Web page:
Border guards asked to search the long, rectangular case several times as the 14-member team attempted to cross into Mexico.
Betty Ann Duzik laughed as she recalled the box her husband, Pat, built that seemed to bear an unfortunate resemblance to a container for missile launchers.
The suspicious box the Assembly of God team transported carried nothing but PVC pipe, and a lot of it. The pipes were an integral part of props they used in their annual nine-day mission trip to Mexico.
In March, while most Craig students were enjoying their spring break, the "Yo Creo" (I Believe) team, as they are known, fulfilled the goal they'd been working toward for several months.
They shared the story of Jesus Christ with inmates, children in orphanages and communities in Chihuahua City, Delicia, and two other outlying towns.
They didn't just go talk to people either. Rather, they painted faces, gave out balloon animals, orchestrated puppet shows, mimed skits and performed human videos (dramatic interpretations of songs that play in the background). They called these extravaganzas "crusades" and performed them 13 times for audiences.
A new addition to this year's mission trip was a workshop where they taught people from surrounding churches how to produce their own crusades. Lessons included everything from how to build a puppet stage to how to dramatize the human videos. Angela Vesely, who has been on the Mexico mission trips for the past six years, said she was skeptical of the workshop idea at first.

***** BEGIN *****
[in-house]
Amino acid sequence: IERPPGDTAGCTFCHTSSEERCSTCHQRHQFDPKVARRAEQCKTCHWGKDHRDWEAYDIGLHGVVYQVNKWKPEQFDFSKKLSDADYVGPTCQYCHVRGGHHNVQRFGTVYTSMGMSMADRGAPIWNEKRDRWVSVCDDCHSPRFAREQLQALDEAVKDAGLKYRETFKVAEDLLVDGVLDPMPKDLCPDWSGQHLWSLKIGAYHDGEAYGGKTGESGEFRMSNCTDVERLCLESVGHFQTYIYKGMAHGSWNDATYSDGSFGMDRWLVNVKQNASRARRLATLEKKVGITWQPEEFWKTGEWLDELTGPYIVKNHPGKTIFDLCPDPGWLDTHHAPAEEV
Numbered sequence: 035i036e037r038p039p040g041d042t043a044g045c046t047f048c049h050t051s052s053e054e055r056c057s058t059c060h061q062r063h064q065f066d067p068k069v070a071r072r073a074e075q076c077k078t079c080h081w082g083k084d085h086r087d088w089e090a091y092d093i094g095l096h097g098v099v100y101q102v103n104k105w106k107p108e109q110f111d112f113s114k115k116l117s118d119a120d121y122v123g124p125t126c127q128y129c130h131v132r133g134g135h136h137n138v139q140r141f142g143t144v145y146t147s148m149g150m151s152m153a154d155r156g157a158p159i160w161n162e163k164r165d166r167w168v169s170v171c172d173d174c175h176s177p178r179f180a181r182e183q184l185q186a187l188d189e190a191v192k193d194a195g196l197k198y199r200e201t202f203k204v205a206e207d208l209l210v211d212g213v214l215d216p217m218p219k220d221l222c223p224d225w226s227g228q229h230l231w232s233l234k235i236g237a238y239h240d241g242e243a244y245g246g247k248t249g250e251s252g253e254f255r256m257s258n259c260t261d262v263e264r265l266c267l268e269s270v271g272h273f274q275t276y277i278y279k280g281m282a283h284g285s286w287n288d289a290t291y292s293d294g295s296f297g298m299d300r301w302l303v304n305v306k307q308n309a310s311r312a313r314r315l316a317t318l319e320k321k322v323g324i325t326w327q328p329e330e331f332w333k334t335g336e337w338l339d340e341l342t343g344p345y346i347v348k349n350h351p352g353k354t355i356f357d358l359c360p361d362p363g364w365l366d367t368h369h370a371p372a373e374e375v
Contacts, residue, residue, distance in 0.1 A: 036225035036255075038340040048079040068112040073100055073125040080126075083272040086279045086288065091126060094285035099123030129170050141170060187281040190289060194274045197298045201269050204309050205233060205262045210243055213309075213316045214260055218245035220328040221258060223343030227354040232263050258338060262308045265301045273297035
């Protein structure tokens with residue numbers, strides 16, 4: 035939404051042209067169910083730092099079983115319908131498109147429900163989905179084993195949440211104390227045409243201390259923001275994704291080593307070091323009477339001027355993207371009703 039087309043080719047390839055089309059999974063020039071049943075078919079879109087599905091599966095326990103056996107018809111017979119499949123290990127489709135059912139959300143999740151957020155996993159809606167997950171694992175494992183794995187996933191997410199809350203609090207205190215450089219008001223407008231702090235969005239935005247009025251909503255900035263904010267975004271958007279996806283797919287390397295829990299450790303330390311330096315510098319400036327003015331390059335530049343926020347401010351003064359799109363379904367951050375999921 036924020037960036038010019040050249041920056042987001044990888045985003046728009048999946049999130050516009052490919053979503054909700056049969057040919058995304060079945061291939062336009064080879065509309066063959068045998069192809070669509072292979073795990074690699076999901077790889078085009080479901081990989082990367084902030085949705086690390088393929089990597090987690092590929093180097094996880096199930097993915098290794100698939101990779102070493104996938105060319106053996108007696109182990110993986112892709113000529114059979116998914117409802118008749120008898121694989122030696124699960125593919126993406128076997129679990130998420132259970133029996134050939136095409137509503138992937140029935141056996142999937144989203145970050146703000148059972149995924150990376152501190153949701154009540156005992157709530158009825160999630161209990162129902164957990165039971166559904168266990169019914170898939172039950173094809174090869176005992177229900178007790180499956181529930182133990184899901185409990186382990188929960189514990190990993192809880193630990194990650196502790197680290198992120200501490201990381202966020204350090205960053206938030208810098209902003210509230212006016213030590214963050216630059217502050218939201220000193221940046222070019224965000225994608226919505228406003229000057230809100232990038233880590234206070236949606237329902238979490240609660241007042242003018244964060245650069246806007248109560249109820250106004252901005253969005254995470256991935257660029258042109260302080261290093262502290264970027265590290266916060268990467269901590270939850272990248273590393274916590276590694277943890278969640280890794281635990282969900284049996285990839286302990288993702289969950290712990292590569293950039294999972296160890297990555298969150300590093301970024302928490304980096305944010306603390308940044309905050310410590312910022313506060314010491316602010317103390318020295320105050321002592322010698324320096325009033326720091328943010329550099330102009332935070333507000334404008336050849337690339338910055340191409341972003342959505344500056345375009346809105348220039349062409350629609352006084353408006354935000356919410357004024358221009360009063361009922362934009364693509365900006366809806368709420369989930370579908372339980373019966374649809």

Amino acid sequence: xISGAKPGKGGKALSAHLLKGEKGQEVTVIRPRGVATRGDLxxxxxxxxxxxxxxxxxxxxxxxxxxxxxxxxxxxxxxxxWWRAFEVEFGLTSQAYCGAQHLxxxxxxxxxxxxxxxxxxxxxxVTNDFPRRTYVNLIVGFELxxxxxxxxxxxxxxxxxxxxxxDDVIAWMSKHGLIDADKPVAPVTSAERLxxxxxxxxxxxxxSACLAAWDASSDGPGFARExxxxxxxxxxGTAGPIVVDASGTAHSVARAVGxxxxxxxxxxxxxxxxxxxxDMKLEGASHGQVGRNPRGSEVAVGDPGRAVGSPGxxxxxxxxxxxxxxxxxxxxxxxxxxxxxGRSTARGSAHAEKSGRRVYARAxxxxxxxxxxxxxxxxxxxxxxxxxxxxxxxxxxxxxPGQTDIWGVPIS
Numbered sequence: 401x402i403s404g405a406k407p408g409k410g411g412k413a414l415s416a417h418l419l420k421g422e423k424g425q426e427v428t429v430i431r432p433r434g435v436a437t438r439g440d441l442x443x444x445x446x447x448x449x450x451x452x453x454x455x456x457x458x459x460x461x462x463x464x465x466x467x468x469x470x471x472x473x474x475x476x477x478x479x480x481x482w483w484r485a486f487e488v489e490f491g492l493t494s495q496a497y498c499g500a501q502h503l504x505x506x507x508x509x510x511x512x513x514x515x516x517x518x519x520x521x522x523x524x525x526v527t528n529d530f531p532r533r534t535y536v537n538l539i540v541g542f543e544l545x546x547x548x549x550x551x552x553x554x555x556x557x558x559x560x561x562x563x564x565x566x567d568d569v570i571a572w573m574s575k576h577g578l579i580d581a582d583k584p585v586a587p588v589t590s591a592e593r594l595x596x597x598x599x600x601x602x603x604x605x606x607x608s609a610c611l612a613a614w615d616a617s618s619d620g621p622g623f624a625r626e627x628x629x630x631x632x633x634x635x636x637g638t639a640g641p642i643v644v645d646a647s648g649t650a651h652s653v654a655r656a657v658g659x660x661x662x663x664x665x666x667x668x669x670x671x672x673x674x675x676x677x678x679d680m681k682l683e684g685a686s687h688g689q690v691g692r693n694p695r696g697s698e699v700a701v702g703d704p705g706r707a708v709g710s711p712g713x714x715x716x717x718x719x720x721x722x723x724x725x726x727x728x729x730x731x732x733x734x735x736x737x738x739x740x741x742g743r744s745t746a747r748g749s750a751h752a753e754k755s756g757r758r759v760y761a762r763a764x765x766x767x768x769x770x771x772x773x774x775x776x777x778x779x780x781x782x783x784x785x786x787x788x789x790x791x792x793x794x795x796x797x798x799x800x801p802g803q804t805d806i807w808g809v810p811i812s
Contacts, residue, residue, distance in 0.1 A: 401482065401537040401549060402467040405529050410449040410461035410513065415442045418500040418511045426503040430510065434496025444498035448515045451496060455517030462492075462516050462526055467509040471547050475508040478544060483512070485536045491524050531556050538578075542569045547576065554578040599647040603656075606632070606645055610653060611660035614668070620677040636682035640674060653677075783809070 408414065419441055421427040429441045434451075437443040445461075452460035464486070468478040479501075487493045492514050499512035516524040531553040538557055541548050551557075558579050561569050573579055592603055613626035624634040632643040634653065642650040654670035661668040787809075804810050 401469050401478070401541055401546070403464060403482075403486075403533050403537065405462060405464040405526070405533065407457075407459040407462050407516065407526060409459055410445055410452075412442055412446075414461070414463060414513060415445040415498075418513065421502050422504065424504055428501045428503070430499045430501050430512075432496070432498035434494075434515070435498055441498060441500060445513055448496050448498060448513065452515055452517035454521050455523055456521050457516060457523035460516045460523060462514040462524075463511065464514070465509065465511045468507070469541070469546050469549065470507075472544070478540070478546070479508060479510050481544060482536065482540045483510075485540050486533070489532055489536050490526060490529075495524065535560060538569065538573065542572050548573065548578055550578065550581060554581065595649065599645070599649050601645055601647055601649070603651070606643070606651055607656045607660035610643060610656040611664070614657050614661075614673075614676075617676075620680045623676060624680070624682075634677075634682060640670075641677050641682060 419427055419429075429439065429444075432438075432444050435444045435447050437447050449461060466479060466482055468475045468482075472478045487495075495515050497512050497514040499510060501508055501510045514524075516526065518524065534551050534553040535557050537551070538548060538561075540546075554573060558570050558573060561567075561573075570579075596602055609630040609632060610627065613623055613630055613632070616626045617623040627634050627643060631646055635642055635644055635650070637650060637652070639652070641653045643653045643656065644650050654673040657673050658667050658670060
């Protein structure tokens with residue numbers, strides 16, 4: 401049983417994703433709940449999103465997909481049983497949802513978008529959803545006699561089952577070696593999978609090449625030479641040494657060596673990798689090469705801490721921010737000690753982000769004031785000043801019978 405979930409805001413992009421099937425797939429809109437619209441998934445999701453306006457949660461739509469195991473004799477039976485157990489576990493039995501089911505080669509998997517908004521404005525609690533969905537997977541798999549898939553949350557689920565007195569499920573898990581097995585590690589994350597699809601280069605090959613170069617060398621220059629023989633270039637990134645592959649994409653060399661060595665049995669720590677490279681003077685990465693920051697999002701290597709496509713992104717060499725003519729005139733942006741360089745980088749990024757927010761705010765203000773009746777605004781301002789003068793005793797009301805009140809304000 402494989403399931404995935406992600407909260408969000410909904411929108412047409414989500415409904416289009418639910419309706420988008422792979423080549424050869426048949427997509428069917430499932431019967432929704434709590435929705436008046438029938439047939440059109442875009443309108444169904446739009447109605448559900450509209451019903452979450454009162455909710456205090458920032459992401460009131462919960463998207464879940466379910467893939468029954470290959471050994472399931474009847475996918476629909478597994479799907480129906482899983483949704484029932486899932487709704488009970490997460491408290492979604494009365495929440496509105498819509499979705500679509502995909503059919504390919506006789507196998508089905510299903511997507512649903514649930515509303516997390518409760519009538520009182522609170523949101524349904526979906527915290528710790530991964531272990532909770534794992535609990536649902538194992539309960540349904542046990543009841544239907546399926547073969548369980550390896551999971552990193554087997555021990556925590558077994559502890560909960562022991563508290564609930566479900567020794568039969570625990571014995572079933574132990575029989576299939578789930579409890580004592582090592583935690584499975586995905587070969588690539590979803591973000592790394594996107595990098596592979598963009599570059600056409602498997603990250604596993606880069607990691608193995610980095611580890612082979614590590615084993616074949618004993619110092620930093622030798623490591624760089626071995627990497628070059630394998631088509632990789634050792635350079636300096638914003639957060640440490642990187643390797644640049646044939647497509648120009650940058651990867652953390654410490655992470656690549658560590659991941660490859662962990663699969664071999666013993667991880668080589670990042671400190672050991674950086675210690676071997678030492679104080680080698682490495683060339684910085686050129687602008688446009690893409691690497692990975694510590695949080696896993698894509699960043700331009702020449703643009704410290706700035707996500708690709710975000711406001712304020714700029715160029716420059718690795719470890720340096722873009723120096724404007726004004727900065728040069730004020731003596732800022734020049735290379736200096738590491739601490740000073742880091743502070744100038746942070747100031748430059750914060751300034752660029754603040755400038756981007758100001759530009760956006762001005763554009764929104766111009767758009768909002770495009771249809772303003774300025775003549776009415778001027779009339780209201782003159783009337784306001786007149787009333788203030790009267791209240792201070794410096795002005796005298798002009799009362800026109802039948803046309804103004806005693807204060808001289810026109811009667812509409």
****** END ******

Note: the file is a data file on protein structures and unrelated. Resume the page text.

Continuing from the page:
"I dreaded it," Vesely said. The team had worked for months to prepare for the performances, and she wondered how they possibly could teach it all in one evening, especially when they had to work around a language barrier.
Despite her fears, the workshop was a success. With the help of translators and a healthy dose of intuition, the team was able to teach the basic skills needed to put on a crusade, Vesely said.
"It really showed me how big God was. People were so eager to learn," she said.
Pat Duzik helped teach people how to build puppet stages. During the workshop, participants built three of them. He said that even though the Americans could have built seven stages in the same amount of time, the students left with the skills to do it themselves and could continue the work after the Americans left.
Pat Duzik said the workshop was good, but for him, the most significant part of the trip was the crusade they performed for inmates in a small prison.
The team arrived to find 97 inmates eagerly awaiting the show. The last song the group performed was one in which Paul and Silas find themselves in prison. Ben Longwell, who played the role of Silas, said that when he came out in handcuffs, the reaction from the audience was palpable. Those men could relate to being incarcerated, said Earlita Ross, Pastor Dave Ross' wife.
In the performance, Paul and Silas were singing when an earthquake rumbled. The prison walls fell down and all the prisoners' chains fall off. The guard saw the broken walls and the chains on the floor and assumed the prisoners had fled. They hadn't. He found all of the prisoners sitting in the prison and eventually accepted Christ into his life.
After the last performance, Jorge Martinez, the team's translator, invited the inmates to accept Jesus as their Lord and Savior. Ninety men came forward, and Pat Duzik said he had to go out to the van to bring in more of the Spanish-language Bibles.
"That was pretty awesome," he said.
Next year, Martinez hopes to bring the group to a prison in Chihuahua City, the capital of Chihuahua state, Pastor Ross said.
Residents funded the trip and supplies by purchasing oranges, baked goods and corn from the group during the year.
Earlita Ross said that meeting people whose tiny homes are made of cinder blocks and have dirt floors, yet who still find happiness made a big impression on her.
Pastor Ross agreed. He added: "There's a dynamic about missions that is unbelievable. It just does something for the heart."